Brokers – How you can serve contractor clients with environmental risks

Brokers – How you can serve contractor clients with environmental risks

Brokers – How you can serve contractor clients with environmental risks Environmental insurance is still a relatively new line of insurance. The market has matured but there are still a significant number of companies that are not purchasing environmental coverage, according to Chubb.  

There’s a lot of stigma around environmental issues and pollutants. When companies experience an environmental event, be it insured or not, they often don’t wish to publicise it, causing many exposures to go under reported and leading contractors to think the exposure is low and not worth insuring.

“It’s the job of insurers to help educate and provide insight and training to brokers about environmental risk, which in turn can be used to help their customers identify and address risks that are currently not covered or not covered adequately,” said Chris Robertson, vice president, Environmental & Construction, Chubb Canada.

“We can work together to highlight what is and is not covered under a standard general liability policy, and what can be covered under specific environmental liability insurance policies. We can also highlight the additional benefits of having experienced claims handlers deal with claims when the unforeseen happens and helping connect the insured with the various service providers, including vetted environmental consultants, contractors, lawyers, and emergency responders.”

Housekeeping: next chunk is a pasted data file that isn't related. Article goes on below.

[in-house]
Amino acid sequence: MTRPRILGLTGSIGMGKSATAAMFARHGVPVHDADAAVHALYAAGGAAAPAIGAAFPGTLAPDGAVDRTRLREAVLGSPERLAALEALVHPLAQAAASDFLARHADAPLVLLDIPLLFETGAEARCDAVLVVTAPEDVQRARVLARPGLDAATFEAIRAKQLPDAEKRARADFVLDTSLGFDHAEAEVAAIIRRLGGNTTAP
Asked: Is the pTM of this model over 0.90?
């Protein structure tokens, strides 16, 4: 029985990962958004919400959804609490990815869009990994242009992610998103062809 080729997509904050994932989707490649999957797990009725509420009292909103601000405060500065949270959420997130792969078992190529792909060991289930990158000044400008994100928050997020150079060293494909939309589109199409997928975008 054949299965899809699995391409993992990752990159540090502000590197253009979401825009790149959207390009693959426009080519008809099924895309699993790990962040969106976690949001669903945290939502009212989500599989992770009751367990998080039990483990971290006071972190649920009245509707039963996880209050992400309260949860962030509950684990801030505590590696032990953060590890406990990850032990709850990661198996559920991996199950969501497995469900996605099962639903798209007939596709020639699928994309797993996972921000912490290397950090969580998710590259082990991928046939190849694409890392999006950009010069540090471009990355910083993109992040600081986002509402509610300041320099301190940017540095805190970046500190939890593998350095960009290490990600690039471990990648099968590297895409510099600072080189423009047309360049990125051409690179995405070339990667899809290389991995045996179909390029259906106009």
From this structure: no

A company’s environmental liabilities are not always easy to pinpoint and explain. Brokers can work with their clients to understand minor nuances of an insured’s operations to make sure all of the exposures are identified, considered and dealt with, said Robertson. A holistic understanding of an insured’s business operations will help brokers develop insurance solutions to manage environmental risk.

Some insurers, like Chubb, can bring additional value to the relationship by introducing the insured to a network of risk engineering experts with insight on a range of issues from health, safety and environment, to nuclear engineering, geology, heavy equipment, cranes and more.

“By engaging with risk engineering, customers can get a review of their processes, procedures, and training prior to a loss to help the underwriter and the insured better understand the risks that their operations present and ways they can mitigate those losses,” Robertson told Insurance Business.

“Other ways insurers and brokers can work together are to assist with contract review with a specific emphasis on the insurance requirements, hold harmless and indemnity provisions and to determine where responsibility for environmental liability will reside.”

Contractors should avoid taking on risks for which they are not responsible or do not have control over, for example, responsibility for existence of existing pollution conditions vs. creation of a new pollution condition, according to Robertson. Either way, if the contractor is picking up risks in contract, they should communicate this to their brokers as the policy may not respond in all instances.


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